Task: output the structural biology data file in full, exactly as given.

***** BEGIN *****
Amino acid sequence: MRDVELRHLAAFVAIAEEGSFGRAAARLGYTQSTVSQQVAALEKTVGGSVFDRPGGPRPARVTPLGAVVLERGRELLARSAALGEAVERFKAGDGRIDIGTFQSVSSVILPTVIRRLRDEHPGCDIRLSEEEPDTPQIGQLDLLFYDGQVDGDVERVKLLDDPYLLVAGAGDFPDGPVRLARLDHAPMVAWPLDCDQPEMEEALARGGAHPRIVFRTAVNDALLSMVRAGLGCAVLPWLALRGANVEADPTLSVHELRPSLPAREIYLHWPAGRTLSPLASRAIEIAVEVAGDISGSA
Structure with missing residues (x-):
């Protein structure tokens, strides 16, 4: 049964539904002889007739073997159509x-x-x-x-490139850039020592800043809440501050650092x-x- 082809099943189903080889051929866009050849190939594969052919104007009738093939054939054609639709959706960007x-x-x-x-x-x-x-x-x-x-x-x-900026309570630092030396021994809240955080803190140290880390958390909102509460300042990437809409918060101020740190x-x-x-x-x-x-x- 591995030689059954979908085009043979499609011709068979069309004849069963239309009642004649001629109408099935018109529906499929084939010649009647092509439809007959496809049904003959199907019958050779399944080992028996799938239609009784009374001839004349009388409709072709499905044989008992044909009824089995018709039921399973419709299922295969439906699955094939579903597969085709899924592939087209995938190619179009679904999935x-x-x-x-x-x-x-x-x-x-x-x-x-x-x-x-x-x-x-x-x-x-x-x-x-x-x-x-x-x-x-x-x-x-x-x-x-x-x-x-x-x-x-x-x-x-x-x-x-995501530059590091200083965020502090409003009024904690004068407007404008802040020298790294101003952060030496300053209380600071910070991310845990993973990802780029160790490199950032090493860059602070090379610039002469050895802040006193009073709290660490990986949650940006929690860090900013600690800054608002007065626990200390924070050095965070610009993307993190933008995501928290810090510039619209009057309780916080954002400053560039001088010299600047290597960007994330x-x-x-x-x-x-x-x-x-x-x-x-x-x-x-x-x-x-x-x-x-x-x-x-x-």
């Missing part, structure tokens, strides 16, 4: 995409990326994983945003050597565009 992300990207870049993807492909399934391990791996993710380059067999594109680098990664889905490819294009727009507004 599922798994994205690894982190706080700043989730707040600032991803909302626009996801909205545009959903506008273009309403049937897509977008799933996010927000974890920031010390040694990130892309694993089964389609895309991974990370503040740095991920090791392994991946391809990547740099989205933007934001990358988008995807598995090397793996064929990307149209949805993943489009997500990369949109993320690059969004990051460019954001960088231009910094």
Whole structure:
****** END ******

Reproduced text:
Amino acid sequence: MRDVELRHLAAFVAIAEEGSFGRAAARLGYTQSTVSQQVAALEKTVGGSVFDRPGGPRPARVTPLGAVVLERGRELLARSAALGEAVERFKAGDGRIDIGTFQSVSSVILPTVIRRLRDEHPGCDIRLSEEEPDTPQIGQLDLLFYDGQVDGDVERVKLLDDPYLLVAGAGDFPDGPVRLARLDHAPMVAWPLDCDQPEMEEALARGGAHPRIVFRTAVNDALLSMVRAGLGCAVLPWLALRGANVEADPTLSVHELRPSLPAREIYLHWPAGRTLSPLASRAIEIAVEVAGDISGSA
Structure with missing residues (x-):
């Protein structure tokens, strides 16, 4: 049964539904002889007739073997159509x-x-x-x-490139850039020592800043809440501050650092x-x- 082809099943189903080889051929866009050849190939594969052919104007009738093939054939054609639709959706960007x-x-x-x-x-x-x-x-x-x-x-x-900026309570630092030396021994809240955080803190140290880390958390909102509460300042990437809409918060101020740190x-x-x-x-x-x-x- 591995030689059954979908085009043979499609011709068979069309004849069963239309009642004649001629109408099935018109529906499929084939010649009647092509439809007959496809049904003959199907019958050779399944080992028996799938239609009784009374001839004349009388409709072709499905044989008992044909009824089995018709039921399973419709299922295969439906699955094939579903597969085709899924592939087209995938190619179009679904999935x-x-x-x-x-x-x-x-x-x-x-x-x-x-x-x-x-x-x-x-x-x-x-x-x-x-x-x-x-x-x-x-x-x-x-x-x-x-x-x-x-x-x-x-x-x-x-x-x-995501530059590091200083965020502090409003009024904690004068407007404008802040020298790294101003952060030496300053209380600071910070991310845990993973990802780029160790490199950032090493860059602070090379610039002469050895802040006193009073709290660490990986949650940006929690860090900013600690800054608002007065626990200390924070050095965070610009993307993190933008995501928290810090510039619209009057309780916080954002400053560039001088010299600047290597960007994330x-x-x-x-x-x-x-x-x-x-x-x-x-x-x-x-x-x-x-x-x-x-x-x-x-």
């Missing part, structure tokens, strides 16, 4: 995409990326994983945003050597565009 992300990207870049993807492909399934391990791996993710380059067999594109680098990664889905490819294009727009507004 599922798994994205690894982190706080700043989730707040600032991803909302626009996801909205545009959903506008273009309403049937897509977008799933996010927000974890920031010390040694990130892309694993089964389609895309991974990370503040740095991920090791392994991946391809990547740099989205933007934001990358988008995807598995090397793996064929990307149209949805993943489009997500990369949109993320690059969004990051460019954001960088231009910094």
Whole structure: